A Biblical and Historical Introduction and Defense
Paperback. 195pp. $14.95.
Christians affirm that Scripture alone reveals truths about God which cannot be known by mere reason, such as the Trinity or the Gospel itself. But how do we account for Scripture’s apparent talk of a knowledge of God possible solely from creation? Or for our own sense of the divine in nature? Or for the startling insights of ancient philosophers about the nature of God? The answer: natural theology.
Often misrepresented as a fruitless human attempt to comprehend God, natural theology has in fact been a significant part of Christian theology throughout history. It has shaped the Christian doctrine of God and provided a starting point for evangelizing non-Christians. In an age when theologians and missionaries alike are in need of stronger doctrinal foundations, it is a doctrine as vital as ever.
In this brief guide, David Haines first outlines the biblical basis for natural theology, suggesting that, if Scripture is correct, certain truths about God should be well attested by non-Christians. A thorough historical survey demonstrates that this is indeed the case, and that the Church has long made use of that which is revealed to reason in order to serve Christ, who is revealed to faith.
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Editor: Dr. David Haines (PhD, Université Laval), is Assistant Professor of Philosophy and Theology at Bethlehem College & Seminary, Associate Professor of Philosophy and Religion at VIU, a Visiting Fellow at Davenant Hall, and a lecturer in philosophy at Université de Sherbrooke. He has previously co-authored Natural Law: A Brief Introduction and Biblical Defense and edited Without Excuse: Scripture, Reason, and Presuppositional Apologetics, both with The Davenant Press.
PRAISE FOR THIS WORK
"No doubt, we are seeing in our day a renewed appreciation among Protestants for natural theology. This is a good thing, and Haines shows us why. With an emphasis on the Greeks and the Romans and the first centuries of the church, Haines makes the convincing case that natural theology has been around a long time, is taught in the Bible, and has been the default position in the Western Church (Catholic and Protestant) until the last century."
A Top 10 Book of 2021
- Rev. Kevin DeYoung
Senior Pastor of Christ Covenant Church, Matthews, NC; Associate Professor at Reformed Theological Seminary; Council Member of The Gospel Coalition
"Imagine there's no Bible. All we have to go on is the world around us. Can we know anything about God? Haines’ high-altitude, highly readable survey of natural theology across the centuries argues that yes, indeed we can, and Scripture itself says so. In fact, he argues persuasively that without natural revelation, special revelation would be a closed book. If you’re unsure of what natural theology is, or remain unconvinced of its value - especially as it relates to evangelism - you should read this."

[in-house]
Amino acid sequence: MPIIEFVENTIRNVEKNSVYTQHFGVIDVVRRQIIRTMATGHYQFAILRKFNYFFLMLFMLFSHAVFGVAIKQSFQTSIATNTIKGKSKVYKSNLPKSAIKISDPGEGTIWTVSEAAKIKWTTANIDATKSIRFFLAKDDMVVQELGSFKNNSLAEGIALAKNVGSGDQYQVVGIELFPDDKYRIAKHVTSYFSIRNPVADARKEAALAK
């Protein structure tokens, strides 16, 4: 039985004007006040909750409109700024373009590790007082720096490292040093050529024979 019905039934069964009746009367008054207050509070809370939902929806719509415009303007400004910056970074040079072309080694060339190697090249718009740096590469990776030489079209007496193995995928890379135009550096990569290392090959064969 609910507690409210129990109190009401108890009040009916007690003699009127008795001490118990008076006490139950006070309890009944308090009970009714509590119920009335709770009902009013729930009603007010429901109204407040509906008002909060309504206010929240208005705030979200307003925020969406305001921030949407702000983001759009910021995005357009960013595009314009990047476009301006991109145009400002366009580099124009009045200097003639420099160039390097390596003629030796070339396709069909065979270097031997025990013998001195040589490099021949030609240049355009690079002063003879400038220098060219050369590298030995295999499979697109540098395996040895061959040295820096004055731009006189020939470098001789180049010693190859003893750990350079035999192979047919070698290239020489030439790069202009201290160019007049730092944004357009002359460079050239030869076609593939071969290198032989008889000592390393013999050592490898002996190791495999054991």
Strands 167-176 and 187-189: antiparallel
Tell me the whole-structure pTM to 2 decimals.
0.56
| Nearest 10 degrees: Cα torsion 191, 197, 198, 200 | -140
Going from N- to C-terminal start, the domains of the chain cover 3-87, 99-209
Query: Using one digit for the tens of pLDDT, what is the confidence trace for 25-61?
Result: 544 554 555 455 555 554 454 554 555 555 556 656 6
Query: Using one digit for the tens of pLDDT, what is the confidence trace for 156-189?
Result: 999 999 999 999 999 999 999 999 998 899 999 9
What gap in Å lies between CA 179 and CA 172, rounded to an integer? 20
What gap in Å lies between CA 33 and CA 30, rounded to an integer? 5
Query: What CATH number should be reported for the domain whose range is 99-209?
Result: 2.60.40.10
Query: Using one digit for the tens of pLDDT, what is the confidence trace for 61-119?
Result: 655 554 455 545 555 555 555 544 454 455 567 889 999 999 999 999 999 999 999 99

- Barry Cooper
Elder at Christ Community Daytona Beach; co-founder of Christianity Explored Ministries; author of "Can I Really Trust The Bible?"; co-host of Cooper & Cary Have Words
"Protestants—especially evangelicals—need to read this book not once, but twice. For all of church history Christians have taught the validity of natural theology on the basis of God’s revelation of himself in the book of nature. During the confessional age, the reformers and their heirs considered natural theology a basic and indispensable component of Christian orthodoxy. Enter the twentieth century and theologians—from Barth to Van Til—dispensed with natural theology and with notable vitriol. Yet David Haines demonstrates that these hasty objections to natural theology are based on serious exegetical and historical misconceptions. Summoning scripture’s own testimony, Haines shows that God has not left himself without witness, but he intends those made in his image to use reasonable observation to perceive his existence, divine attributes, and divine providence in the universe. Creation is a theater of God’s glory, and this book is your ticket to a front row seat."
- Dr. Matthew Barrett
Associate Professor of Christian Theology at Midwestern Baptist Theological Seminary; host of the Credo Podcast
“This is bound to be a controversial book. It would not have been so in Reformed circles until the critical labors of Kant, which Schleiermacher, Herrmann, Bultmann and Barth in their distinct ways seemed to have accepted. What is strange, though, is that conservative Reformed luminaries since the twentieth century continue to denounce many of the theses that were assumed in Reformed orthodoxy. Like me, you may not agree with everything that David Haines defends, but it is a very important, well-informed and articulate exploration of a major piece of theology that has been missing of late from our memory.”
- Dr. Michael Horton
J. Gresham Machen Professor of Systematic Theology and Apologetics
Westminster Seminary California
“This book has been needed for some time. It has a number of valuable strengths that make it well worth reading."
- Dr. Craig Carter
Research Professor of Theology at Tyndale University; Theologian in Residence at Westney Heights Baptist Church; author of "Interpreting Scripture With the Great Tradition" and "Contemplating God With the Great Tradition"
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The Davenant Institute endeavors to restore wisdom for the contemporary church. We seek to sponsor historical scholarship at the intersection of the church and academy, build friendships and facilitate collaboration within the Reformed and evangelical world, and equip the saints with time-tested resources for faithful public witness.
Below are some of the works we've published towards that end.